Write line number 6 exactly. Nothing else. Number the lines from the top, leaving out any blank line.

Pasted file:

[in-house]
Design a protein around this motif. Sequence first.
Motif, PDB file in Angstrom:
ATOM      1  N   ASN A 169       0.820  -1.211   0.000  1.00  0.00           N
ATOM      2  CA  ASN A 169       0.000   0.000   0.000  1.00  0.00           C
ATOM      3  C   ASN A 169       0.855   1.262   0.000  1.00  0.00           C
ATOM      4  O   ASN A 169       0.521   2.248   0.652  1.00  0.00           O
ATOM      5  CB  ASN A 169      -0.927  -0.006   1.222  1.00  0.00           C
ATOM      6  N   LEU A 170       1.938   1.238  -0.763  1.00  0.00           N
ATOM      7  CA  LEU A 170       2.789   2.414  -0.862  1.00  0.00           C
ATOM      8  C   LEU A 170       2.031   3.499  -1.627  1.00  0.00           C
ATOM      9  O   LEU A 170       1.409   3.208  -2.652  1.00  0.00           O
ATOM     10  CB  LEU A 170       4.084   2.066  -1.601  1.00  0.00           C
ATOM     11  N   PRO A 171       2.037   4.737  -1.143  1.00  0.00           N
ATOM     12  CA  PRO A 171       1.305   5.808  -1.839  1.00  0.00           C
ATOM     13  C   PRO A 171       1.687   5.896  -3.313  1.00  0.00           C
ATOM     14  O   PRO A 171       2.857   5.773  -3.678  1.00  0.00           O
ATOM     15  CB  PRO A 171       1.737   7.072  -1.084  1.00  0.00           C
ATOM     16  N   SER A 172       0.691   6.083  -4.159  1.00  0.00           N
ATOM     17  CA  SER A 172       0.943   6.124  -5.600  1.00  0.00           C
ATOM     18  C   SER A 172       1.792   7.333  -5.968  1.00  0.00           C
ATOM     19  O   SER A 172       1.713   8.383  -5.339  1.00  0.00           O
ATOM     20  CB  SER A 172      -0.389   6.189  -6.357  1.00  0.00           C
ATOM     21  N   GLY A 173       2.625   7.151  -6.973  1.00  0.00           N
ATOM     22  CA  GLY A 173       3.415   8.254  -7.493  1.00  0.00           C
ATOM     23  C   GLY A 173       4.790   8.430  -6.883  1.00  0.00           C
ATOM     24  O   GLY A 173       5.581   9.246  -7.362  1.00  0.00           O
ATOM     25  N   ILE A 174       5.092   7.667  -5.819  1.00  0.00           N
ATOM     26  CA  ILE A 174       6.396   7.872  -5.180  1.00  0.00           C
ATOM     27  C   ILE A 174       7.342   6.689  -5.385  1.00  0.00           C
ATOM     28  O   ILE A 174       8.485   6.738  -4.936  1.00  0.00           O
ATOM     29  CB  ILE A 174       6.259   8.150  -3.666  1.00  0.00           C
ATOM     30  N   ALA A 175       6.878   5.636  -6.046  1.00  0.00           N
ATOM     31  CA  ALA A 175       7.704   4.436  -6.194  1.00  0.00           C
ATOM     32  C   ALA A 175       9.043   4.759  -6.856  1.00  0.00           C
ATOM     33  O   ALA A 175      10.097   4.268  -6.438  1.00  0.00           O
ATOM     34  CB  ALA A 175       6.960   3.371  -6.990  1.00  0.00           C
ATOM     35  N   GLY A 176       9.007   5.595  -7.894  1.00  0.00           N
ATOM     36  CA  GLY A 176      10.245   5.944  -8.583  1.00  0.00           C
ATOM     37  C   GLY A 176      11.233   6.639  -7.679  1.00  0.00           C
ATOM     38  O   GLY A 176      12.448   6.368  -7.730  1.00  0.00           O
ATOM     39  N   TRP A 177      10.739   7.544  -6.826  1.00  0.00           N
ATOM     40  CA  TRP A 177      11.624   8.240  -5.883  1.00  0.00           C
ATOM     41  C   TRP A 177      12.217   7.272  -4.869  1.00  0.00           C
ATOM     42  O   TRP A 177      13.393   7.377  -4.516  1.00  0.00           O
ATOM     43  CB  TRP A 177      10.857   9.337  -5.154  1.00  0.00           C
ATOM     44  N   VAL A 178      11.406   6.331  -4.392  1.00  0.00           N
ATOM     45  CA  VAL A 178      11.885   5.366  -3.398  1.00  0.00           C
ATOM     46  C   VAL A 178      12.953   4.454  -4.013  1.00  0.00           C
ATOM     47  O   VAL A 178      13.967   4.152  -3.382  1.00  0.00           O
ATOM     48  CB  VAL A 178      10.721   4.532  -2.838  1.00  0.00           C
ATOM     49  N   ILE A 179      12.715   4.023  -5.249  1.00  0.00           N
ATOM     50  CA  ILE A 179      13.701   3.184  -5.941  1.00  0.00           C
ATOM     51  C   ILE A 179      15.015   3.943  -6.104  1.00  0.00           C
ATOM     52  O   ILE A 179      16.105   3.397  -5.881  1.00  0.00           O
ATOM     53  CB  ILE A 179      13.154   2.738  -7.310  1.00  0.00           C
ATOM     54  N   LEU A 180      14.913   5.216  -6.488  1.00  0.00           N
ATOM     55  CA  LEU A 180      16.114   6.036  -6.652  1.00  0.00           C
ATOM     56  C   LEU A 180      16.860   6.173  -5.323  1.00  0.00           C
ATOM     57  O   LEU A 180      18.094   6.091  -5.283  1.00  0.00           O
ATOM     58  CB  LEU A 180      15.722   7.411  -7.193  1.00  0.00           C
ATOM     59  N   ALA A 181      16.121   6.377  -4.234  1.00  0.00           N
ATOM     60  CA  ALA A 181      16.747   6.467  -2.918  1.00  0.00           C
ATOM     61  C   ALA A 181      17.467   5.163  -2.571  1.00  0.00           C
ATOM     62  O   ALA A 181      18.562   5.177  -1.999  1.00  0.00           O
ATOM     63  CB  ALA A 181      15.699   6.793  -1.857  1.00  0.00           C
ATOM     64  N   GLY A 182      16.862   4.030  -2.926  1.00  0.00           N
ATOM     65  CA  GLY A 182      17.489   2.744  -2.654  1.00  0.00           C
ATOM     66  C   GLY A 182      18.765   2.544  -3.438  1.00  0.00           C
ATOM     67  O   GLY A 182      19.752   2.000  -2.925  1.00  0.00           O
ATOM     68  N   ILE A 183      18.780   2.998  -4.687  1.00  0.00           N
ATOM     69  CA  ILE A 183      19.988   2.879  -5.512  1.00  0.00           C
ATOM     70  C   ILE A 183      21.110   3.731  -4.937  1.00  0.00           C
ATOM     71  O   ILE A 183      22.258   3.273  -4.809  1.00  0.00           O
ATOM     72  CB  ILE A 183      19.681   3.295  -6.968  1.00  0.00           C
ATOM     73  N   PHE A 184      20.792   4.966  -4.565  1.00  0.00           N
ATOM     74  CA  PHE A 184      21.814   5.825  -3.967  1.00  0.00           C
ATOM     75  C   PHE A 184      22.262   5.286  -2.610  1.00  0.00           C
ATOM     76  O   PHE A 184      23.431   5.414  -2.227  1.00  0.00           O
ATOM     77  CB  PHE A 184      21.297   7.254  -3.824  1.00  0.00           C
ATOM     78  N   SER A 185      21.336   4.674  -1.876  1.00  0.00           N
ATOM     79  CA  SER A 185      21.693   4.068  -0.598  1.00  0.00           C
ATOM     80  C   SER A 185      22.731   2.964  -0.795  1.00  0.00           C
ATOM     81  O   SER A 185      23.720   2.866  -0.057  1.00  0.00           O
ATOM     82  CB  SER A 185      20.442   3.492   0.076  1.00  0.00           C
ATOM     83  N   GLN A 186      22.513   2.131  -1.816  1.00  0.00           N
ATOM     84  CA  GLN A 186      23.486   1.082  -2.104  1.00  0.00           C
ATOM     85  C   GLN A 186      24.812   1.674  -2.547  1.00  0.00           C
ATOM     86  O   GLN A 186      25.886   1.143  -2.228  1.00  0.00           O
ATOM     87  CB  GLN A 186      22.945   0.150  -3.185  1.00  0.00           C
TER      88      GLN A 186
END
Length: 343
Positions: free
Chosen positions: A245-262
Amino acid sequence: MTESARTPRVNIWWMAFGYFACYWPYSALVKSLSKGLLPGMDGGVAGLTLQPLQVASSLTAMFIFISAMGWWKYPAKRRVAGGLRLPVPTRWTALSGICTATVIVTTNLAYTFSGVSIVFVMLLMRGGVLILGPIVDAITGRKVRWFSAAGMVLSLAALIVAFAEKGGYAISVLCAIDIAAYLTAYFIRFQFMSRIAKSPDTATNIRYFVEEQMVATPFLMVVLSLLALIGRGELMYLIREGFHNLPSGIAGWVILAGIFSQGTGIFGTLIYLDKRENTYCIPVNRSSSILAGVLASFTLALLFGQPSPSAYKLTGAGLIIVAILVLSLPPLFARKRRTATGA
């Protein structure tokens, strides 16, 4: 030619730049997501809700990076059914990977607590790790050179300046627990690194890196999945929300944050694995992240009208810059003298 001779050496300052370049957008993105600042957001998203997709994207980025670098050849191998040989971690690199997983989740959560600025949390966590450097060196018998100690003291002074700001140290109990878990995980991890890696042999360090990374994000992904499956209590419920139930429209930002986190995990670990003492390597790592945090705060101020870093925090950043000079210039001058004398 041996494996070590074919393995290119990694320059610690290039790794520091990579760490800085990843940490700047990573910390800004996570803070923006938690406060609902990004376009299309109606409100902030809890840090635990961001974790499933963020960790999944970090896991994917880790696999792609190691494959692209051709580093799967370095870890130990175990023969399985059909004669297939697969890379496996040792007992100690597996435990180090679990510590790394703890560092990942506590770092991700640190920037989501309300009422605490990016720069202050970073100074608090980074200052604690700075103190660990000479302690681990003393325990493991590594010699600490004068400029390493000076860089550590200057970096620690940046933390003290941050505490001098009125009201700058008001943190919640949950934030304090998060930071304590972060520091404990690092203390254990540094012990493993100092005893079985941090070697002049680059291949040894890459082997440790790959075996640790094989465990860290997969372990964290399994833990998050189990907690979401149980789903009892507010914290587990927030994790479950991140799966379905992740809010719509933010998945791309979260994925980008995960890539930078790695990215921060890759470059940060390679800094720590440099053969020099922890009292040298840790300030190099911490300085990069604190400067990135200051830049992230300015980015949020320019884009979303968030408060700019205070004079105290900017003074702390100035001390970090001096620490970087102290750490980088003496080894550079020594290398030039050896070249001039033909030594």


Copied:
ATOM      3  C   ASN A 169       0.855   1.262   0.000  1.00  0.00           C